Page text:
Recipes - Preserves

Preserving Courgettes

Once you’ve tried lots of recipes for using fresh courgettes, you may still have some left, and they don’t keep for long.  One way to make the most of the glut is to make some chutney or jam.  The jam you can eat straight away, but chutney improves with keeping so leave that for a couple of months at least.

Chutney is often only brought out to add to cheese sandwiches or cold meat dishes, or take on picnics.  But it’s much more versatile than that: add a spoonful or two to sauces for chicken, meat or vegetables to spice them up when you haven’t got time for complicated recipes. 

Courgette, tomato and apple chutney

Prep: 20 mins Cook: 2 hrs, 45 mins    Makes approx 2.5kg


1 kg courgettes (yellow or green), cut up into small pieces.  Peel first if the courgettes are mature and the skins are tough.

1 kg tomatoes, skinned and chopped

4 onions, chopped small

4 eating apples, peeled and chopped small

300g sultanas (optional)

500ml cider vinegar or white wine vinegar (but malt is fine too)

400g brown or white sugar

1 tablespoon mixed spice

2 tablespoon yellow mustard seed

1 cinnamon stick

Cutting up courgette for chutney or jam


  1. Put the vinegar, 300ml water, sugar and spices in a very large thick-bottomed pan. Heat, stirring, until the sugar dissolves then add the rest of the ingredients with a tsp of salt.
  2. Bring back to a simmer then simmer uncovered for 2 ½ hours until darkened, thick and chutney-like.   Stir often to make sure it doesn’t stick to the base of the pan or burn.
  3. To sterilise the jars, wash thoroughly in very hot soapy water. Rinse in very hot water then put on a baking sheet in a 140C/Gas Mark 1 oven until completely dry.
  4. Pour the chutney into the sterilised jars while still hot, seal and leave in a cool dark place for at least 3 weeks before opening.

Courgette chutney

Prep: 20 mins Cook: 2 hrs, 45 mins    Makes approx 2.5kg


I kg in weight of courgette – green or yellow

1 medium onion

1 tart apple, peeled and cored

1 garlic clove, minced

1 green pepper

250 g dark brown soft sugar

250 ml white wine vinegar

400g brown or white sugar

1 tablespoon grated fresh root ginger

1 tablespoon English mustard

¼ teaspoon crushed red chilli flakes

½ teaspoon salt


  1. Peel the courgette and discard any large seeds, chop into small pieces
  2. Finely chop the apple, onion and green pepper, place in a large saucepan along with the courgette and other ingredients in the list. 
  3. Bring to the boil.  Reduce the heat and simmer, uncovered, over medium heat until thick. About 45-55 minutes, stirring often to stop it sticking and burning.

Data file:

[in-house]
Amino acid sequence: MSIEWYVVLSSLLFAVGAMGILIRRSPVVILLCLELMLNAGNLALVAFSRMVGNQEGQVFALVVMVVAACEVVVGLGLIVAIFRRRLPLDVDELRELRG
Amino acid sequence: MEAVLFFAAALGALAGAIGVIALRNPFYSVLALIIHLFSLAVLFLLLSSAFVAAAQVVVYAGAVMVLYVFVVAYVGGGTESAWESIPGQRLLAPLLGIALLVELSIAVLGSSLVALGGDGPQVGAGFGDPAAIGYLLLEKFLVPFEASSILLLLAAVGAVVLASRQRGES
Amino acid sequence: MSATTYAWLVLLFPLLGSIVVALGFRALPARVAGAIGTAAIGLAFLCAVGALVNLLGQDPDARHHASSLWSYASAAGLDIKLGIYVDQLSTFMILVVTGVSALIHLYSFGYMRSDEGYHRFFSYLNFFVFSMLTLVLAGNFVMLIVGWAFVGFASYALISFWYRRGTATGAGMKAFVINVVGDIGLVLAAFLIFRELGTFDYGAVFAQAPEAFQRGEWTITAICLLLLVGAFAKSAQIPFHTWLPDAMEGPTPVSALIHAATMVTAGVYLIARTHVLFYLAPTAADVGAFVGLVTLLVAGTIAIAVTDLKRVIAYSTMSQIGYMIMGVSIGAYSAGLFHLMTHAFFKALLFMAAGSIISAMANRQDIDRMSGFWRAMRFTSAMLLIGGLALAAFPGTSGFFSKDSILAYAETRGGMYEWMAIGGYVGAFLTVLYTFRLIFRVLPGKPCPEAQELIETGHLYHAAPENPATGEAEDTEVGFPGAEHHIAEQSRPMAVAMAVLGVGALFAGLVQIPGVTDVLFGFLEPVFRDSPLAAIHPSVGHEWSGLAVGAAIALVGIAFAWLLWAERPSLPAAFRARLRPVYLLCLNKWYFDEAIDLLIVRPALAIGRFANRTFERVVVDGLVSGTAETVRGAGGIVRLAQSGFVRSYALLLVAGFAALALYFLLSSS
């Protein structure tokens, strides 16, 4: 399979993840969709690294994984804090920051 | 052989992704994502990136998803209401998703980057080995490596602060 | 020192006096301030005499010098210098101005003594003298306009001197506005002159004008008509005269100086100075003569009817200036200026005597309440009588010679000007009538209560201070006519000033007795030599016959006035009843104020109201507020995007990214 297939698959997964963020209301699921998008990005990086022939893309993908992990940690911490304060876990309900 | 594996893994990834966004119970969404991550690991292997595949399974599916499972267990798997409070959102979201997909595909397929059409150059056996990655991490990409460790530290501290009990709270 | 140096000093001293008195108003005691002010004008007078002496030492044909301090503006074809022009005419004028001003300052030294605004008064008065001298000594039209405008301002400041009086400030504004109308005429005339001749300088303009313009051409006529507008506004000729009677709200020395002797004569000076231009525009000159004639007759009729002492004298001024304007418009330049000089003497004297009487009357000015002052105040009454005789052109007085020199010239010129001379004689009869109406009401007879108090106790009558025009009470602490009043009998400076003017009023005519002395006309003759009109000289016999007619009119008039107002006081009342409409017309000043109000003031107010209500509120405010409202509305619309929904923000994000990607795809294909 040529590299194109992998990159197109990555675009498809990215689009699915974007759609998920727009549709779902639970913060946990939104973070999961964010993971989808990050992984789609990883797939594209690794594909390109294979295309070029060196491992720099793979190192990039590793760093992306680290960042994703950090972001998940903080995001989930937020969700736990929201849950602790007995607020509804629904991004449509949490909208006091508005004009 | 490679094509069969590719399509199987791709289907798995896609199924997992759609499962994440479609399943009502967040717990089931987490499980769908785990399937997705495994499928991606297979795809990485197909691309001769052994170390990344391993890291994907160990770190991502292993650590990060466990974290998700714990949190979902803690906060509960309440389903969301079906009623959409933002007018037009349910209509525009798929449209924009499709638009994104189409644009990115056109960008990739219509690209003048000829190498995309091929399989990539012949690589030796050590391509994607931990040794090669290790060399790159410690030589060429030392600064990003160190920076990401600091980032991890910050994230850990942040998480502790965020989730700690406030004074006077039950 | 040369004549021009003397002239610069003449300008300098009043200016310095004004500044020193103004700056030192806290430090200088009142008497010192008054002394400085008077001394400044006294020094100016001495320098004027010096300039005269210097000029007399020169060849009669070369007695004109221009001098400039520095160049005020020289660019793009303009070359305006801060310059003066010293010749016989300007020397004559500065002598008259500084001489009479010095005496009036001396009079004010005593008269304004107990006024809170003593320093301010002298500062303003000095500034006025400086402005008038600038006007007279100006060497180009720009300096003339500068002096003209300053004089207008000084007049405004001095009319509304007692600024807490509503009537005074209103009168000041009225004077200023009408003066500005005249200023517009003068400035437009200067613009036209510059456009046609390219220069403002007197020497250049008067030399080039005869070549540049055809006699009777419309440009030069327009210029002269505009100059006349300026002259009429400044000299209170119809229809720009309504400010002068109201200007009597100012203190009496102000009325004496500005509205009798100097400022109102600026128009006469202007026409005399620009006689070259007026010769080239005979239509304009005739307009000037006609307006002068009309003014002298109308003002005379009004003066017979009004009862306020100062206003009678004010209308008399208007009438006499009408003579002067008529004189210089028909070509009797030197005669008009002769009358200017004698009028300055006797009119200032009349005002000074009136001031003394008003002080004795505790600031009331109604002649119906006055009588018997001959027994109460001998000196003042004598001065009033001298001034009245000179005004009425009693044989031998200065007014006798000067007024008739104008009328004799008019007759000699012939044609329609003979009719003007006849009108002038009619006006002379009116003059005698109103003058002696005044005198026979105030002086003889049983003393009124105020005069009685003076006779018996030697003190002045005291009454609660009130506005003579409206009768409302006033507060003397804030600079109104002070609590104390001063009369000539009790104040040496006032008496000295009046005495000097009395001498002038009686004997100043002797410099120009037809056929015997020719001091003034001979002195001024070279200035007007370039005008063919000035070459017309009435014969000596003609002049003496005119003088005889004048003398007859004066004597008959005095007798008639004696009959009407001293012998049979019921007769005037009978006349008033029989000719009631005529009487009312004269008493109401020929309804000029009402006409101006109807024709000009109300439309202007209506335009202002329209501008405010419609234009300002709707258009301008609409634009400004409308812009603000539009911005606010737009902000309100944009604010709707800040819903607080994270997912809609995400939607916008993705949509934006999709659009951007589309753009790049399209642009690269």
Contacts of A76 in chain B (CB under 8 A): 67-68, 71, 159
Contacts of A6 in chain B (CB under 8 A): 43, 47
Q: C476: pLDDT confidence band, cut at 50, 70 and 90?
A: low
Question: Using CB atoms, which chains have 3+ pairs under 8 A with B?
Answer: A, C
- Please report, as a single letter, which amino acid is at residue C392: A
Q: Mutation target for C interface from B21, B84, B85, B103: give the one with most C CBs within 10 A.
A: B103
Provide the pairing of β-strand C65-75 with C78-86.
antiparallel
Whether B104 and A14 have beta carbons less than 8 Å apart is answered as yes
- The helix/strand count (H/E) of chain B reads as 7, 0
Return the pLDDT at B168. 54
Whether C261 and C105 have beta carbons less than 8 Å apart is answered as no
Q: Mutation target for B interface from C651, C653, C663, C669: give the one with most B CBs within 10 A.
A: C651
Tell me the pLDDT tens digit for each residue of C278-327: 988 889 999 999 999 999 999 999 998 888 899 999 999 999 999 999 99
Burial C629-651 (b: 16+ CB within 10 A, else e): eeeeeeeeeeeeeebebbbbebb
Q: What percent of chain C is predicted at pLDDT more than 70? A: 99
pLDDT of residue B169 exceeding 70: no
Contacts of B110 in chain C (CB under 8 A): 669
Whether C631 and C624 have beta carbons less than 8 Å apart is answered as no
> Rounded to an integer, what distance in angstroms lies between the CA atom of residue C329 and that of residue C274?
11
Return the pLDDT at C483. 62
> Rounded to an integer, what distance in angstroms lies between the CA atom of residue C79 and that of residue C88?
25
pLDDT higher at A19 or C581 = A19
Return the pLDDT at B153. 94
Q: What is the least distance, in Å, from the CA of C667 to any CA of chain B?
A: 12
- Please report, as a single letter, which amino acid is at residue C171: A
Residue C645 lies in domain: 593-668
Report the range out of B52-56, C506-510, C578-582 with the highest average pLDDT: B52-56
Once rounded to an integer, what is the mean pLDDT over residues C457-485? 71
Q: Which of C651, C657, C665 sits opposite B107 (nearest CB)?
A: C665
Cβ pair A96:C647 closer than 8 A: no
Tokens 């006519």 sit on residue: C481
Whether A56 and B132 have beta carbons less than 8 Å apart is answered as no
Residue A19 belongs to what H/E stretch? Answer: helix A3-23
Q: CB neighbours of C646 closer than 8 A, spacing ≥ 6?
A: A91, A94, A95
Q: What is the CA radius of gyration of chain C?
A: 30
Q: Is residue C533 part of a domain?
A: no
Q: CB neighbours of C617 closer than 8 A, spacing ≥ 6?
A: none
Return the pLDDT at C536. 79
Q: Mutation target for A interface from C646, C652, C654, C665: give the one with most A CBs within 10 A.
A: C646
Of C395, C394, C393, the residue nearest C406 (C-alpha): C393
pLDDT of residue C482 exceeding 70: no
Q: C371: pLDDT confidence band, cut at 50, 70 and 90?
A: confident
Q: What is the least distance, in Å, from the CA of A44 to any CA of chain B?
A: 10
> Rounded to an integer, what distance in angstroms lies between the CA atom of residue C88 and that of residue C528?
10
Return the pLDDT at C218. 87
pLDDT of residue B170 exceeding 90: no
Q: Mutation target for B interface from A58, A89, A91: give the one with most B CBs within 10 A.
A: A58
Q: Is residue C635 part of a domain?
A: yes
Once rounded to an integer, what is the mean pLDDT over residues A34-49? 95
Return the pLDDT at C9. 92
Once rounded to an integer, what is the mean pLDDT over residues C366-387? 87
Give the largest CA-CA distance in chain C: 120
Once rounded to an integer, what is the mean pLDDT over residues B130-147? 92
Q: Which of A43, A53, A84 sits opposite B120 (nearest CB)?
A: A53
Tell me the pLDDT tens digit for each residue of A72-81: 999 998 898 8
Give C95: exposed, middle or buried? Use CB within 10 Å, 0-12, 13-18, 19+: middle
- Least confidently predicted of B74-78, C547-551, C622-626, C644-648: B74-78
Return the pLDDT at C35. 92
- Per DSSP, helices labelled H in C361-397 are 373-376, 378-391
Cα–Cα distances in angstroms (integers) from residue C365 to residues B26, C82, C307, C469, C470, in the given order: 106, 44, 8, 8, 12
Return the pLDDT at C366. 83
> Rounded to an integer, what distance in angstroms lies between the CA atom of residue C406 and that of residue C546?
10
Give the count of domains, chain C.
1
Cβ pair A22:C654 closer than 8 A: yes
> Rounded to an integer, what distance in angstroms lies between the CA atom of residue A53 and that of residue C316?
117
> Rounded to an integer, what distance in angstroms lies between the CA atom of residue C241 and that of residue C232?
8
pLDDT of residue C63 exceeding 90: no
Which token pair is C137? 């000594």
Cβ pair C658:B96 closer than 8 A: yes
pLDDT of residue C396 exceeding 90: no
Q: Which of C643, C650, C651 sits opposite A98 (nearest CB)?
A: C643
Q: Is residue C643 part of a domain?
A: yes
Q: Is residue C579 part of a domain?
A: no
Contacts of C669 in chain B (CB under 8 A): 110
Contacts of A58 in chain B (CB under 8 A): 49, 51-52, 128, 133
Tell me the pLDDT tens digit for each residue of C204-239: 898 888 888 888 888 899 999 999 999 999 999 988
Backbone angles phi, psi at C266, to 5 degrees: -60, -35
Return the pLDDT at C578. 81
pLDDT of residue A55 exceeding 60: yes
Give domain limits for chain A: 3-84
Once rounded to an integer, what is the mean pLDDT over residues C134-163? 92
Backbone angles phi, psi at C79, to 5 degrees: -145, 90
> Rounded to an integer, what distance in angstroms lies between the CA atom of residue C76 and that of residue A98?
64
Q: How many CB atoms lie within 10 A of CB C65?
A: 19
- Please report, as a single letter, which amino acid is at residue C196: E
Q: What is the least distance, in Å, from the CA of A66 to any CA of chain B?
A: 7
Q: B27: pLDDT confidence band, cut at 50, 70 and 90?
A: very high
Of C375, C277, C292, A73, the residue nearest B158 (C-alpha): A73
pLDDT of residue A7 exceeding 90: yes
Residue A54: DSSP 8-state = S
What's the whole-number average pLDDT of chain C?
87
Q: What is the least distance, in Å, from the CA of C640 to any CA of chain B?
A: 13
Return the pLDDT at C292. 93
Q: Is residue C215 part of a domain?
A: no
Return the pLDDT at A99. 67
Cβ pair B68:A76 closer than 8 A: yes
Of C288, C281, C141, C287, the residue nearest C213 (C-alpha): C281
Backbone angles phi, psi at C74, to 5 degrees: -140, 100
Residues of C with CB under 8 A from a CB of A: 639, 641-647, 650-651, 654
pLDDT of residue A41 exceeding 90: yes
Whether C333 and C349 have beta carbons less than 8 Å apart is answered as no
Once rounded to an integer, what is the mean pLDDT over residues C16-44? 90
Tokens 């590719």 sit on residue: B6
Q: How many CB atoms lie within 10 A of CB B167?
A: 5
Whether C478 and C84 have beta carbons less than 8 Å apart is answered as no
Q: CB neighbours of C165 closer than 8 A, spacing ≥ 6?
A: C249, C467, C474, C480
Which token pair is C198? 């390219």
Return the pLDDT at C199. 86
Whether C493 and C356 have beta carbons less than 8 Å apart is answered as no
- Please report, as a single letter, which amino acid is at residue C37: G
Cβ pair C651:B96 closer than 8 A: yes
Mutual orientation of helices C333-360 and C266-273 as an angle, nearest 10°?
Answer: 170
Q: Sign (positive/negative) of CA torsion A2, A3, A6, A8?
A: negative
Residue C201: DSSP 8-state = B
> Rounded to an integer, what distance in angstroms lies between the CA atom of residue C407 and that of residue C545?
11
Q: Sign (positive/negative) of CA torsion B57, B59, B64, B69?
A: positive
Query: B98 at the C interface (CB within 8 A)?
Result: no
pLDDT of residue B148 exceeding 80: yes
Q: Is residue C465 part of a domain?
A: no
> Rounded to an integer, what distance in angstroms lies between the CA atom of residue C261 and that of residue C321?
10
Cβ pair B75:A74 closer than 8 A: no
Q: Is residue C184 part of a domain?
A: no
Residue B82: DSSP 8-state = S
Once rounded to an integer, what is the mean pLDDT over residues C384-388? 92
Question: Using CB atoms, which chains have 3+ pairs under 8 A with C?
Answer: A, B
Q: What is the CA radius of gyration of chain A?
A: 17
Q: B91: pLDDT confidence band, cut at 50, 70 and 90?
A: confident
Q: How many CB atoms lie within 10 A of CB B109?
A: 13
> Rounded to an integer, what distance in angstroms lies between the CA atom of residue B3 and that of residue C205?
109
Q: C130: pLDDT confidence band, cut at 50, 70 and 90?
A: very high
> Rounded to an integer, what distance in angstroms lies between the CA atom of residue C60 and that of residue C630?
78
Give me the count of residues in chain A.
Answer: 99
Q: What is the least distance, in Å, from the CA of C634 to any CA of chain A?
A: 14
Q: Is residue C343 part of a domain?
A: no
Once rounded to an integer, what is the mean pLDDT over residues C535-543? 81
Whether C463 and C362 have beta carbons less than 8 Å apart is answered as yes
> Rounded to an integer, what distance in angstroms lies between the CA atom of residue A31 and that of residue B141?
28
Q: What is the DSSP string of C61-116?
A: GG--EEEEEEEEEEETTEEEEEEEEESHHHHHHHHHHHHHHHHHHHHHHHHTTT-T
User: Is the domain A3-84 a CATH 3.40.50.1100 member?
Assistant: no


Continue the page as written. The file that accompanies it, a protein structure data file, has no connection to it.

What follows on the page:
4. Cool a little.  Ladle into sterilised jars, cover with a waxed disc and lid.
  5. Keep in a cool dark place for at least 3 weeks before using.

Lemon, ginger and courgette jam

About this recipe:   This recipe is probably best made with yellow courgettes which are sweeter than the green ones.       If you don’t have enough courgettes to do the quantity given, just adjust the amount of sugar, using the same weight of sugar as courgettes and adjust the amount of ginger and lemon – these don’t have to be exact, but the amount will affect the strength of the lemon and ginger flavouring.     The quantity given should make about 5 standard sized jars                     


1.4 kg (approx. 3lbs) courgettes
1.4 kg (3 lbs) white sugar.
2 lemons, rind & juice 5 cm (2 inches) of root ginger
5 cm  (2 inches) of crystallised stem ginger (optional).


  1. Peel the courgettes and chop into tiny cubes. This can take a long time but it’s quicker if you cut the courgette in slices about 1cm thick, then cut through 3-4 slices at a time first one way, then at right angles (see photo above).  You need to hold the stack together cupping your left hand over the slices while cutting with your right hand (or vice versa if left-handed)
  2. Steam the courgettes until tender. Place them in a large bowl.
  3. Using a vegetable peeler peel the rind from the lemon in strips then juice the lemons adding the juice to the courgettes.
  4. Peel and bruise the ginger then put this together with the lemon rind in a gauze/muslin bag and add to the courgettes.
  5. Chop up the stem ginger into tiny cubes and add to the courgettes.
  6. Add the sugar and stir well. Cover the bowl and leave for 24 hours stirring occasionally.
  7. Transfer the mix to a very large heavy based pan and bring to a rolling boil until the courgettes have become translucent and setting point has been reached.   Try two ways of testing this if you don’t have a jam thermometer with the setting point of 220 degrees C on it.  Flake test:  Dip a wooden spoon in the jam, remove and turn it horizontally in the hand till the jam cools slightly.  Let the jam drop from the edge: if it’s ready and starting to set on the spoon, the drops will run together forming flakes which break off in a clean, sharp way.   Cold plate test  Take a small teaspoon of jam and cool it on a plate.  Then see if it crinkles when pushed with your finger.  Stop the jam saucepan from rapid boiling while doing this to avoid going beyond the setting point while the jam sample is cooling.
  8. Remove the saucepan from the heat once the jam has reached setting point, and pour into perfectly clean, dry and if possible, warm jars.  Fill right to the top before sealing.

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